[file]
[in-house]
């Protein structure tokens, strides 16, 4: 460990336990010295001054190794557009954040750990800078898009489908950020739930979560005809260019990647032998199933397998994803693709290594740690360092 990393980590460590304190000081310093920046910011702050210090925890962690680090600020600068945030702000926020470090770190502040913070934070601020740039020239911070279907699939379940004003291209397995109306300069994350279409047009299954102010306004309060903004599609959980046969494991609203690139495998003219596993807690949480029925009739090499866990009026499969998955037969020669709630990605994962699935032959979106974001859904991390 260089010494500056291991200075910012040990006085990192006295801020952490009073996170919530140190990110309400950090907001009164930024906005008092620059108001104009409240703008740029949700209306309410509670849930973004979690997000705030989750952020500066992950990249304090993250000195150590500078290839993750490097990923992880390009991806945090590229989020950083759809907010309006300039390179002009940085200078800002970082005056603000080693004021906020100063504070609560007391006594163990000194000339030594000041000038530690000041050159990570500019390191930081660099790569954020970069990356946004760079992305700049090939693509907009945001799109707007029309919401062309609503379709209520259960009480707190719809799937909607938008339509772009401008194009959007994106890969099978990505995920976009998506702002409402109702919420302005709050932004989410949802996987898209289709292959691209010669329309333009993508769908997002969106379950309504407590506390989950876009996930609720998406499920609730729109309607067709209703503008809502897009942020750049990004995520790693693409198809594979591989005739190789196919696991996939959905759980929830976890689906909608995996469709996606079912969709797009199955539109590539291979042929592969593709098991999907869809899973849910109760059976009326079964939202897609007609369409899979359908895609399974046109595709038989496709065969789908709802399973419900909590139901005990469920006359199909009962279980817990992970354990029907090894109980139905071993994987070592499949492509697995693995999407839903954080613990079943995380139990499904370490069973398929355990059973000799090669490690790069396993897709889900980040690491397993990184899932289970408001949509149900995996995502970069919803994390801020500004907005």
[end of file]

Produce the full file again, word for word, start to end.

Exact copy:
[in-house]
């Protein structure tokens, strides 16, 4: 460990336990010295001054190794557009954040750990800078898009489908950020739930979560005809260019990647032998199933397998994803693709290594740690360092 990393980590460590304190000081310093920046910011702050210090925890962690680090600020600068945030702000926020470090770190502040913070934070601020740039020239911070279907699939379940004003291209397995109306300069994350279409047009299954102010306004309060903004599609959980046969494991609203690139495998003219596993807690949480029925009739090499866990009026499969998955037969020669709630990605994962699935032959979106974001859904991390 260089010494500056291991200075910012040990006085990192006295801020952490009073996170919530140190990110309400950090907001009164930024906005008092620059108001104009409240703008740029949700209306309410509670849930973004979690997000705030989750952020500066992950990249304090993250000195150590500078290839993750490097990923992880390009991806945090590229989020950083759809907010309006300039390179002009940085200078800002970082005056603000080693004021906020100063504070609560007391006594163990000194000339030594000041000038530690000041050159990570500019390191930081660099790569954020970069990356946004760079992305700049090939693509907009945001799109707007029309919401062309609503379709209520259960009480707190719809799937909607938008339509772009401008194009959007994106890969099978990505995920976009998506702002409402109702919420302005709050932004989410949802996987898209289709292959691209010669329309333009993508769908997002969106379950309504407590506390989950876009996930609720998406499920609730729109309607067709209703503008809502897009942020750049990004995520790693693409198809594979591989005739190789196919696991996939959905759980929830976890689906909608995996469709996606079912969709797009199955539109590539291979042929592969593709098991999907869809899973849910109760059976009326079964939202897609007609369409899979359908895609399974046109595709038989496709065969789908709802399973419900909590139901005990469920006359199909009962279980817990992970354990029907090894109980139905071993994987070592499949492509697995693995999407839903954080613990079943995380139990499904370490069973398929355990059973000799090669490690790069396993897709889900980040690491397993990184899932289970408001949509149900995996995502970069919803994390801020500004907005």